Extra €1bn on savings agenda
The Government will seek further savings of €1 billion on re-entering the issue of public sector payroll costs when they engage with the unions this week, Minister for Public Expenditure and Reform Brendan Howlin has affirmed.
Coy about revealing specifics of proposals ahead of the negotiations, he said the Government saw itself as on target to reduce the public pay bill by 20 per cent, in net cash terms by €3.3 billion, and with numbers employed reduced “very substantially” by 2015.
Speaking on This Week on RTÉ Radio 1 today, Mr Howlin said the first interaction with the unions on revisiting the agreement would be a chance for his department to set out its stall on savings sought.
Despite all the savings already achieved, he said “we have to go further”. A proposal for an additional €1 billion in payroll savings had been approved at Cabinet. It was not his intention to pursue core pay for middle and lower income employees, nor any compulsory redundancies.
A comprehensive set of proposals would be tabled on which to negotiate, he said. The Government was pursuing a deficit of less than 3 per cent between now and 2015, which entailed him seeking the extra €1 billion in savings by that year.
Some of the unions were “rightly” saying they had already given a lot, he added, but this was an “extraordinary crisis” and although the State had taken a number of “clear steps away from the precipice, we actually can see the finishing line in terms of regaining our economic sovereignty”.
All of the departments were expected to live within the budgetary arithmetic, he continued - "it’s very challenging, very difficult, for everybody". He said there were some departments where this was “uniquely difficult, and health is foremost amongst them” as it it was an "unpredictable, demand-led service", where the "quantum or severity of cases is unknown".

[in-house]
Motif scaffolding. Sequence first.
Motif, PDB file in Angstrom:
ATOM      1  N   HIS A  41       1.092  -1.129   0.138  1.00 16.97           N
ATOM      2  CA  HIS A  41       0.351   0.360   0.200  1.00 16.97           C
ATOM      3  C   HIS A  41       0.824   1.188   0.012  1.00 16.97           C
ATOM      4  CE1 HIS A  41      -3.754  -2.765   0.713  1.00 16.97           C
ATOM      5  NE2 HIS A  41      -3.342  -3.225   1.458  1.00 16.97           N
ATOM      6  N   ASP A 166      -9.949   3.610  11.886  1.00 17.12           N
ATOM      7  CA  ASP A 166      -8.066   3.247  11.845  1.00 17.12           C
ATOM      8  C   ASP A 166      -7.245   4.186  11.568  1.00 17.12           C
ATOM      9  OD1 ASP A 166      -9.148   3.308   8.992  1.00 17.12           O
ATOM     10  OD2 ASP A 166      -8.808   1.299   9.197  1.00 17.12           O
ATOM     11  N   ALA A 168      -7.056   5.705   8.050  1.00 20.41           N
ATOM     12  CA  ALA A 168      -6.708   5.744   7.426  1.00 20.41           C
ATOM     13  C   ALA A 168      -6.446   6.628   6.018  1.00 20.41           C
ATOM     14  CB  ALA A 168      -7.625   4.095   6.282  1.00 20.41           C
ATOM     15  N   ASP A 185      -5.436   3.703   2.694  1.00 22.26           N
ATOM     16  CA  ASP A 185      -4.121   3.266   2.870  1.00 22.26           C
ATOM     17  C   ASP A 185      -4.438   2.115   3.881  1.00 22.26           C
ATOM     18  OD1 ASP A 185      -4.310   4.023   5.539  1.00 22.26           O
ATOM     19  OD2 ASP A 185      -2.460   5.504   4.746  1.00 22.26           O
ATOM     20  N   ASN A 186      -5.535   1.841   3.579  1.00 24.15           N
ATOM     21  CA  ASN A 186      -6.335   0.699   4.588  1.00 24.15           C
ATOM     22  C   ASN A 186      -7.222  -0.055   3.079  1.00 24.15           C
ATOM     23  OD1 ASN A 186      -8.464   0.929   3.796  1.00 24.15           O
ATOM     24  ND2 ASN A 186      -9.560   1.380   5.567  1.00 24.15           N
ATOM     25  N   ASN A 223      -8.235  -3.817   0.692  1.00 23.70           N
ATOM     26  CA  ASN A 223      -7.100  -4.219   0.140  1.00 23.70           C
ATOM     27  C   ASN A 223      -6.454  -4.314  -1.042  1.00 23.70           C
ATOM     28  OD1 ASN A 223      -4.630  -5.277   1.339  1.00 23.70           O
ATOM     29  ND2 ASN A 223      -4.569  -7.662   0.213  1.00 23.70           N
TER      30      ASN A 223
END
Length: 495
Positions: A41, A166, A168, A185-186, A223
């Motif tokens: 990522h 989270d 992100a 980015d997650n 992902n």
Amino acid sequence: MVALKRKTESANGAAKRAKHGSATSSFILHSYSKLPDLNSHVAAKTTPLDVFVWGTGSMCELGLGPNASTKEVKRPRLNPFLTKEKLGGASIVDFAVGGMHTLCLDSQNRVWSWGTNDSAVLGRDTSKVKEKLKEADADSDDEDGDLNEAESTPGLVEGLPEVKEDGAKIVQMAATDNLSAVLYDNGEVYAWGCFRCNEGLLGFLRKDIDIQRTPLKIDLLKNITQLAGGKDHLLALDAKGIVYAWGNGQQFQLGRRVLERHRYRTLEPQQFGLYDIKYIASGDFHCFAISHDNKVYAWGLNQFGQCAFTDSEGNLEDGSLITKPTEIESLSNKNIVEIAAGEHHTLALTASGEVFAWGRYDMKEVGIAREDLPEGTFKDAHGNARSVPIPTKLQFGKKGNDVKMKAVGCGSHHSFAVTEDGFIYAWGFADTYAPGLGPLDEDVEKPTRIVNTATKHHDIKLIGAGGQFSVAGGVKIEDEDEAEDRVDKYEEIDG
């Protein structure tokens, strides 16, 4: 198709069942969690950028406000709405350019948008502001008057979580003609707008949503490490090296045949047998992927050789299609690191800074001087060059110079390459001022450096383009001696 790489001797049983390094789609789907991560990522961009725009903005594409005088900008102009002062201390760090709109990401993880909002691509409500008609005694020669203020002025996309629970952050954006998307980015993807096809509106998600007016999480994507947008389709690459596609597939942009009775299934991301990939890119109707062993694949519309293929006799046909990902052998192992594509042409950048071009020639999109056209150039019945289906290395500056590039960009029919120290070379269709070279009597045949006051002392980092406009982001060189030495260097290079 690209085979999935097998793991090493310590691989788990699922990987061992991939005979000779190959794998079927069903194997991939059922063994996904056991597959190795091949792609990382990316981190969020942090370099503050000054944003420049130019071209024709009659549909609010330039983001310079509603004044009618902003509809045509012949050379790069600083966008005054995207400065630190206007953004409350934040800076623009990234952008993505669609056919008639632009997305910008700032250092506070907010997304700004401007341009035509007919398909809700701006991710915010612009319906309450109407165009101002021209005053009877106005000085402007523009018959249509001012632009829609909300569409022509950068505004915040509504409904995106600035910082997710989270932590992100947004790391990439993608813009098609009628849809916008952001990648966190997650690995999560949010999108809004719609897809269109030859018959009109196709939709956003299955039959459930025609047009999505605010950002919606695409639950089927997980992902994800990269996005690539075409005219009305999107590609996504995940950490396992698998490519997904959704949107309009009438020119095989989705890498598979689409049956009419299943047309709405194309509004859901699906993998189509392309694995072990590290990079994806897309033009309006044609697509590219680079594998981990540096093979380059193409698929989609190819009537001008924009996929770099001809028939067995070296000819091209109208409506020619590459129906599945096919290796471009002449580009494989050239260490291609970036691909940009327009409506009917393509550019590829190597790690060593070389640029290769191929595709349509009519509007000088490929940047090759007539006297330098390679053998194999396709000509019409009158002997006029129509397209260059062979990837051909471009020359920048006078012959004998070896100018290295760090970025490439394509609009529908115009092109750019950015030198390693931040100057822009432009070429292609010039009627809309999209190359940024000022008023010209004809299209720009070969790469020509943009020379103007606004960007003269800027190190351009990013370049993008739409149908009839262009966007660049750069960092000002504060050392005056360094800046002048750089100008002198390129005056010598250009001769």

As he put it, a "huge" health edifice had been created by the former administration which now had to be reformed, and this edifice had “obscured financial management at ground level”. Minister for Health James Reilly’s brief is to “drill down, to disaggregate all of that duplication so that every euro is spent in the area in which we expect it to be spent”.
Mr Howlin said the budget would be a “fair and accurate reflection of what we expect to happen”. He was confident the Government would achieve and exceed the target for this year despite the negative trading environment.
He had negotiated with the troika with regard to social welfare costs on their last visit, "to count the level of unemployment as one of the cyclical pressures that are not captured by the ceiling of expenditure", he said. Those without jobs were putting "greater pressure on the Department of Health in terms of Medical Cards", the numbers of which are much greater than had been anticipated - “but they [the troika] weren’t prepared to accept that as a cyclical issue in the same way”.
Mr Howlin had previously said salaries of higher paid civil servants are unlikely to be on the agenda for the new talks.
Pressed on the issue of salaries of more than €100,000 to some senior civil servants, Mr Howlin repeatedly said he would “not be part of the destruction of public services”.
Mr Howlin was asked by Sinn Féin TD Mary Lou McDonald “for a yes or no answer” on whether higher public service salaries would be on the agenda as Government sought an additional €1 billion in savings from the public pay bill.
He said “the greatest cohort” of salaries of more than €100,000 was in the health service, and these were often necessary as Ireland was competing against places such as the US and Canada to attract consultants.
The “sort of engagement” he wanted to see was in relation to rates of pay for Saturday and Sunday working, as well as a standard rate of pay for hours between 8am and 8pm and possible alterations to working hours. Some people saw working longer hours as a pay cut in itself but he wanted as best he could to protect core pay.
He told the Oireachtas Committee on Finance, Public Expenditure and Reform some €3.8 billion in gross savings achieved under the Croke Park agreement would not be enough to meet fiscal targets by 2015. He had secured permission from the Government on Tuesday to invite the Irish Congress of Trade Unions to talks on “an extension to Croke Park”. The “gap to be filled” over three years to 2015 was an additional €1 billion.